Growing up in a rent-restricted apartment one wonders if Mr. Jimenez ever questioned what it was that qualified his family for relief from the free market? Was it greedy landlords? No. Was it white privilege? No. Was it a man also named Mr. Jimenez? Hmm, assuming his father was still living, the answer is yes, for had his father been responsible for the wife he married and the child (or children) he fathered the Jimenez family would likely have been able to afford to pay the going rate for rent or, perhaps, a mortgage. Had his father been there for his family Mr. Jimenez might have grown up respecting both self-iniative and the free market, and loathing government hegemony. Hell, had his father been hard working and frugal he might have purchased some rental property of his own, as so many hard-working, blue-collar Mexican-American fathers have done.

  6. Jenn wrote: “San Jose has tallied more than 2,400 no-cause evictions since 2010—a 270 percent increase.” 270% as compared to when? How many total evictions were there in that same time period? What percentage of the total evictions were no-cause evictions? How many apartments are there in San Jose? A bunch of mushy “statistics” put forth by a group with an agenda to pander to a muddled-thinking Mayor and City Council. We can all agree that the SF Bay Area is one of the most competitive rental housing and purchased housing areas in the entire world. So? San Jose’s official government answer to that is to put the entire burden of that fact on rental property owners. SERIOUSLY? Such a government policy is confiscatory and amounts to a taking without just compensation, which is unconstitutional. No-one advocates government control on the purchase price of a home. Why should rental housing be any different?
    California has an employment at will law, which allows no-cause firing of every person who works in the state who doesn’t have a written employment contract. Why should rental housing be any different?

  7. “Instead of creating new laws, he [Councilman Khamis] said, the city should enact existing ones.” Enact existing ones? Really? Did Mr. Khamis really say that, or is this just another case of bad proofreading @ SJI?
    On a more serious note, how on earth can forcing a landlord to pay moving and relocation expenses for an evicted tenant be anything but theft of a property owner’s money by the Mayor and Council?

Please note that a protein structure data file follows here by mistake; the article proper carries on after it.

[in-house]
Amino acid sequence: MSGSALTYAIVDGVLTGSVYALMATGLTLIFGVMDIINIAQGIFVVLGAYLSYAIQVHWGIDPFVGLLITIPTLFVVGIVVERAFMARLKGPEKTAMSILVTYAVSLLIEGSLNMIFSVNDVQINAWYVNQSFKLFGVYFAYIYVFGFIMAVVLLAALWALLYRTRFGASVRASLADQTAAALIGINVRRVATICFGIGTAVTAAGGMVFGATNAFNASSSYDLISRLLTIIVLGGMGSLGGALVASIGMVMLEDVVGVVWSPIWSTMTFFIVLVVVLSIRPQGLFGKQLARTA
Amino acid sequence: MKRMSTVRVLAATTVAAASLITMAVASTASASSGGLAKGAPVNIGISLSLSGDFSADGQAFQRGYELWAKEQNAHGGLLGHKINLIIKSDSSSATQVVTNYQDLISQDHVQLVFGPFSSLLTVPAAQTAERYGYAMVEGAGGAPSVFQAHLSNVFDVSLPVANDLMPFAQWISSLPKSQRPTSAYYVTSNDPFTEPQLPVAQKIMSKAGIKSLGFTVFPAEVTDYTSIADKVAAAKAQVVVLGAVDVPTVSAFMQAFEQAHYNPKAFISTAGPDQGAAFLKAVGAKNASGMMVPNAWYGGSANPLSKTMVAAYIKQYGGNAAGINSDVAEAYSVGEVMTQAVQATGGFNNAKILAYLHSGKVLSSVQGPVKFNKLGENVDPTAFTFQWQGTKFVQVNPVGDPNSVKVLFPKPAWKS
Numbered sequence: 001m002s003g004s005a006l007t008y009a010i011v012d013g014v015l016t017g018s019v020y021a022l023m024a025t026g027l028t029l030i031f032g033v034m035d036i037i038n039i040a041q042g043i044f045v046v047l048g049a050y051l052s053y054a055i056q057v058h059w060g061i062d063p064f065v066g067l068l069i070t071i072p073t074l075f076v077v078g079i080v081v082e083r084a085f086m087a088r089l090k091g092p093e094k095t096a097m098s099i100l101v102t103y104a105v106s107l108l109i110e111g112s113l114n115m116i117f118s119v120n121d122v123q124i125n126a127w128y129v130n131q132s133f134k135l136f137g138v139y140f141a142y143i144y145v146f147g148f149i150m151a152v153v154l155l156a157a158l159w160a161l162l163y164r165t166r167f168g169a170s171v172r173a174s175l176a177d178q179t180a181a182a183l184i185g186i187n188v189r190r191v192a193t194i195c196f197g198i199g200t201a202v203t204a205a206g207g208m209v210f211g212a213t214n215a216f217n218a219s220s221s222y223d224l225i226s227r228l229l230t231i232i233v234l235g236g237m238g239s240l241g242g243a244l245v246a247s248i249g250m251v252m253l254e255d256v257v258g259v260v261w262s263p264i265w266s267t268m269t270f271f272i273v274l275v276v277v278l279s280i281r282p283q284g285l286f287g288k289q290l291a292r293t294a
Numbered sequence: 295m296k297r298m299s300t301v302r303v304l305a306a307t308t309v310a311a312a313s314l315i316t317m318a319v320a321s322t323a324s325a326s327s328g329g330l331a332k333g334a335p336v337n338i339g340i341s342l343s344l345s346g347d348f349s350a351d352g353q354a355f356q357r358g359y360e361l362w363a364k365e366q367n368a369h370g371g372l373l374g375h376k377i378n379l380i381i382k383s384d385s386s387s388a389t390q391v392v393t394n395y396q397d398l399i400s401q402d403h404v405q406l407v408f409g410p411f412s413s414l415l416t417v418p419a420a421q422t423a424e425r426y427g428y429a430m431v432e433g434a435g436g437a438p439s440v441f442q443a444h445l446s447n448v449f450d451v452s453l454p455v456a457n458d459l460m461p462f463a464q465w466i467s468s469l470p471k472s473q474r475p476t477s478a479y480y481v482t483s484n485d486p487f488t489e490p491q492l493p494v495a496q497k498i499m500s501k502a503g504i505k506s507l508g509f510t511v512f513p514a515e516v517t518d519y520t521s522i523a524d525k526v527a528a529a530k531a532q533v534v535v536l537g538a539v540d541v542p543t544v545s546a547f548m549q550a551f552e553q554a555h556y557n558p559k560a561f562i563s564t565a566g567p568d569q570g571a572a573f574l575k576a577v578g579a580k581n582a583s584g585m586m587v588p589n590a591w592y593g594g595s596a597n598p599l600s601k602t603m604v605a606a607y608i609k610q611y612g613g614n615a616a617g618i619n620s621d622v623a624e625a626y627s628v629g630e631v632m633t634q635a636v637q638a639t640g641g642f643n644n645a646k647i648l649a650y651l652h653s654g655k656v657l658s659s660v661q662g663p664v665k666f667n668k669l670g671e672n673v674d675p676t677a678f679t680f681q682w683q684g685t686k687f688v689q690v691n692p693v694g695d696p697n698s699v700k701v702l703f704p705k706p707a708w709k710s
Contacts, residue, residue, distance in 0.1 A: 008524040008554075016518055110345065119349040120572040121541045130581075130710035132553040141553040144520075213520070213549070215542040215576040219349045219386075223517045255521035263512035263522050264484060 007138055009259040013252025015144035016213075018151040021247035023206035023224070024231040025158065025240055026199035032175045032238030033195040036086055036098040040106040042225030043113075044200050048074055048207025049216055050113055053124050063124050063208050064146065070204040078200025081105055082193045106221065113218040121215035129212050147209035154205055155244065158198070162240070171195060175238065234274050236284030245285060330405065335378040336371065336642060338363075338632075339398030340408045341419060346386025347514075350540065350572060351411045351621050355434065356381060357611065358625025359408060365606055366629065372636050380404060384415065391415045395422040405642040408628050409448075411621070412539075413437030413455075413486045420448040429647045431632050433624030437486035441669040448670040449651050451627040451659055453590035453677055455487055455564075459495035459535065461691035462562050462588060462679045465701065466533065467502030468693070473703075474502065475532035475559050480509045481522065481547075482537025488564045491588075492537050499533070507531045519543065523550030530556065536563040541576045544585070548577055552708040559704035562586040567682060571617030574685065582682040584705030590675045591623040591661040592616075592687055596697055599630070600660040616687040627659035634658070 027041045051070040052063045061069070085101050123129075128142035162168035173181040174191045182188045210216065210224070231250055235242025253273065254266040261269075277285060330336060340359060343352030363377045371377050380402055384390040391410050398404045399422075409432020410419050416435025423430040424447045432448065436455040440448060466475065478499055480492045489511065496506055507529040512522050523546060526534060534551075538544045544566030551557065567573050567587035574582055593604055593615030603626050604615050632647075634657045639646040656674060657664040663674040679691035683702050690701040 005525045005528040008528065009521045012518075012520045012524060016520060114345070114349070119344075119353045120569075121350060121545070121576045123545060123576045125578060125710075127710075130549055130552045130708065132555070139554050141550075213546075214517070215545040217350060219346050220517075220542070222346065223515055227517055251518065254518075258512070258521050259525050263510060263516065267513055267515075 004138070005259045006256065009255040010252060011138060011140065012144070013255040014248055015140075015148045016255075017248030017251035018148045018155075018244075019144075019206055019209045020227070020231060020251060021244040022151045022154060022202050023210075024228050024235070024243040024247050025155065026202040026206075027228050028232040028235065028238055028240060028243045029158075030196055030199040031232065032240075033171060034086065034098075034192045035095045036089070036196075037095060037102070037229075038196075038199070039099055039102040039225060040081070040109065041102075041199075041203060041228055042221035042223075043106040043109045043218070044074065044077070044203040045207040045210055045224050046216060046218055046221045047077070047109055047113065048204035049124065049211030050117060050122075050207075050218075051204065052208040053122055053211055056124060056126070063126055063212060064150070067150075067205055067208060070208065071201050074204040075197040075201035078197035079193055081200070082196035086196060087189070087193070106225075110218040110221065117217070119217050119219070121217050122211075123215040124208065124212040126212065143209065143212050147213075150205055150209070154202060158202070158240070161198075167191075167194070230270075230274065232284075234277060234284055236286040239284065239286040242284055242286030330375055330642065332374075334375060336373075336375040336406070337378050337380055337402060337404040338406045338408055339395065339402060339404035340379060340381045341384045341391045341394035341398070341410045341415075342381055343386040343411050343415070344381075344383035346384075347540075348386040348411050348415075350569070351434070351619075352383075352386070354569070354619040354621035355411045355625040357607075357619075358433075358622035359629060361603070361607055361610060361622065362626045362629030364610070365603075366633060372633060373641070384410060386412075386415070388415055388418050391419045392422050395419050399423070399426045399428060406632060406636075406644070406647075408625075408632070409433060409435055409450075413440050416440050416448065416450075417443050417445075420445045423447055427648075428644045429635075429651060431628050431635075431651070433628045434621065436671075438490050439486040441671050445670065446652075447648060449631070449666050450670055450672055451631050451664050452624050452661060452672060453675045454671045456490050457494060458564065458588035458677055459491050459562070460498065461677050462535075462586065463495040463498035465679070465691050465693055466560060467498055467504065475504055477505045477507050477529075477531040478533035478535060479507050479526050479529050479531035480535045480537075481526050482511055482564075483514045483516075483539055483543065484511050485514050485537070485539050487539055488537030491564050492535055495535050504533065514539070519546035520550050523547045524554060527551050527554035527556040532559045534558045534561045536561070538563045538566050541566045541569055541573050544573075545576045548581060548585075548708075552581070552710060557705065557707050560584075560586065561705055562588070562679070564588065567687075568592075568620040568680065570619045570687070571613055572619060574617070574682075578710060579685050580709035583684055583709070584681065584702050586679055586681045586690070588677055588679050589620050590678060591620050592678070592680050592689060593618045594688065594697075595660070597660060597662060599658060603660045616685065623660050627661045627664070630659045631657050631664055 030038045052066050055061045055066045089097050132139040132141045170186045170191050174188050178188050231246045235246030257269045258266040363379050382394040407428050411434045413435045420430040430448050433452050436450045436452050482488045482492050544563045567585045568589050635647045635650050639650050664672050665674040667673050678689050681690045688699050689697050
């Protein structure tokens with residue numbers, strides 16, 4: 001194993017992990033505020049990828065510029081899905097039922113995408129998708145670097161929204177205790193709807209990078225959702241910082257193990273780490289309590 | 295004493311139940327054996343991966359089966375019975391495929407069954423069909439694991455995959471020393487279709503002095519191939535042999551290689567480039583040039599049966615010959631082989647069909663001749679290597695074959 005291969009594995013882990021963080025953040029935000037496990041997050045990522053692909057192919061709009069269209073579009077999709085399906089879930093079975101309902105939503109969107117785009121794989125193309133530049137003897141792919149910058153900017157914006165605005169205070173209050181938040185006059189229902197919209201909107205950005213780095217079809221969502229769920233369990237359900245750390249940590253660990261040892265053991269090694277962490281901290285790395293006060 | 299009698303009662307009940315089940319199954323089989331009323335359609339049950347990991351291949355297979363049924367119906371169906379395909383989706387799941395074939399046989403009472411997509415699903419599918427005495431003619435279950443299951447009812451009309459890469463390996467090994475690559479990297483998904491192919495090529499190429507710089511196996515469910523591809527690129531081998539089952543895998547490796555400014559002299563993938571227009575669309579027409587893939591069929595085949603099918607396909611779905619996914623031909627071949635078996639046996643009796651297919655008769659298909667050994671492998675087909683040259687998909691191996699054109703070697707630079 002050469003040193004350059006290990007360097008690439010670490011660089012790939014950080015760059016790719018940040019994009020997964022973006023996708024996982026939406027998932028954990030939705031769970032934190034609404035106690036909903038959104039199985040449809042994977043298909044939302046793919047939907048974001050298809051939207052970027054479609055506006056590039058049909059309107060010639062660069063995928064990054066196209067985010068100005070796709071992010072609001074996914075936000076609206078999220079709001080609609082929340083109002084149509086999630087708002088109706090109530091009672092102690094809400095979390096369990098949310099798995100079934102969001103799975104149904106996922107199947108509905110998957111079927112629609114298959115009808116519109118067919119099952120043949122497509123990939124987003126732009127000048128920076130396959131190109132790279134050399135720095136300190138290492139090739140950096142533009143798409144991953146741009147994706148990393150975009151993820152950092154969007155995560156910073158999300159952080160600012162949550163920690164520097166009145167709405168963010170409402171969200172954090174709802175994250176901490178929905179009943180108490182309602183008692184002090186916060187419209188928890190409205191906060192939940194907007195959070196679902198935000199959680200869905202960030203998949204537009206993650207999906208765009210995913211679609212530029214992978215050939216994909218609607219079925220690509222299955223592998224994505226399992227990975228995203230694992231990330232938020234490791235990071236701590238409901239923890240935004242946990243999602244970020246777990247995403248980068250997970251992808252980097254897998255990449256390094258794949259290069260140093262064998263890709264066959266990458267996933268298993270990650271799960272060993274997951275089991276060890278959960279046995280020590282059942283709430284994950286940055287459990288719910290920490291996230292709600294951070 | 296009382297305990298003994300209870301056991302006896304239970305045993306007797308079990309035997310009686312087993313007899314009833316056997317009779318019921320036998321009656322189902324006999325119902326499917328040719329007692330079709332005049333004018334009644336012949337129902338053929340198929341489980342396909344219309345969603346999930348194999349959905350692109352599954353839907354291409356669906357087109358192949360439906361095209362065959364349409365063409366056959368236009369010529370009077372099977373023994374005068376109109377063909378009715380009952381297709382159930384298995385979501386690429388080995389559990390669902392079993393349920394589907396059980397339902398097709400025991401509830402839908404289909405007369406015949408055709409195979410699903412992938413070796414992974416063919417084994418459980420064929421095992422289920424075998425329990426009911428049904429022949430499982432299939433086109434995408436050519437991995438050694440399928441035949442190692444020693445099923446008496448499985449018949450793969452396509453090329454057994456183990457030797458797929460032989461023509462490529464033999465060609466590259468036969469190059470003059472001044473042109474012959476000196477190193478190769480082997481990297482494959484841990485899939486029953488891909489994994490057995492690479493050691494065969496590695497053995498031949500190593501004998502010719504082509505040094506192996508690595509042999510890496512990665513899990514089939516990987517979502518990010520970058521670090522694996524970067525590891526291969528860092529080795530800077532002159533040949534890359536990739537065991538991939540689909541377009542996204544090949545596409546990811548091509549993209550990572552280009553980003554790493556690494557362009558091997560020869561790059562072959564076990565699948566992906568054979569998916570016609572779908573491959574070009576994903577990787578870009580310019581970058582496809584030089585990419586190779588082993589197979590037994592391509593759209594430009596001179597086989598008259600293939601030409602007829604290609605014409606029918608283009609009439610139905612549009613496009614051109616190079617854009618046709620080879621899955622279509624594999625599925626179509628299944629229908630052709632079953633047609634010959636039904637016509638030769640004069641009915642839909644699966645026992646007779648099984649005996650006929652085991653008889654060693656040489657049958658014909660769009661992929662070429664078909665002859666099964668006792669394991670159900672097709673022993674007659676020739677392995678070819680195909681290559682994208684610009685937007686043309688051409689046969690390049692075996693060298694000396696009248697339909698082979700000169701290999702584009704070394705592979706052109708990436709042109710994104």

8. All renters have a written contract, just like an employment contract. It spells out in detail what the property can be used for, and what it cant be used for. This contract is to protect both parties. I don’t see a problem evicting someone if they went against the terms of the contract. So, why is this a propblem for landlords or property owners?

    • Contracts can’t cover every eventuality and proving violations can be daunting. Excessive occupancy (6 adults in a 1BR) can be difficult to prove. “They don’t live here, they’re just visiting”. Or the grandmother that takes in her gangbanger grandchild after his parents kicked him out. And he turns granny’s apartment into a gang hangout.

      Or the patient landlord that fails to promptly act on arrears. Tenants skip owing 3 months rent and leave the apartment in shambles. Not much point in pursuing them as courts rarely enforce debt recovery. Most tenants are fine. But the few that aren’t can make hell for a mom and pop property owner.

      I’m expecting that landlords will become more selective and leases more restrictive. I’d be tempted to only offer month to month, switch to AirBnB, or pursue corporate / startup rentals. The net effect is that a tight housing market becomes even more so for those least able to adapt. Meanwhile, the City continues to impose costs and restrictions that severely limit the supply of new housing. Fast tracking granny units could significantly and quickly add to our housing stock.

      • Taxpayer,

        Every eventuality? The three examples you have given are major lease breakers in every standard California rental/lease agreement. No brainer. People not on lease living there over 72 hours easy to check with neighbors about cars parked there. Late payment penalties after five days. Three day pay or quit notice. Sheriff posts notice out in 30 days. Take out of security deposit for unpaid rents and damage. Renter applications, need to on their check references. Kinda simple really. Check up on renters occasionally to let them know your an interested property owner. Above all keep your investment maintained. Don’t be a slum lord. This will pay dividends.

        • Very Easy,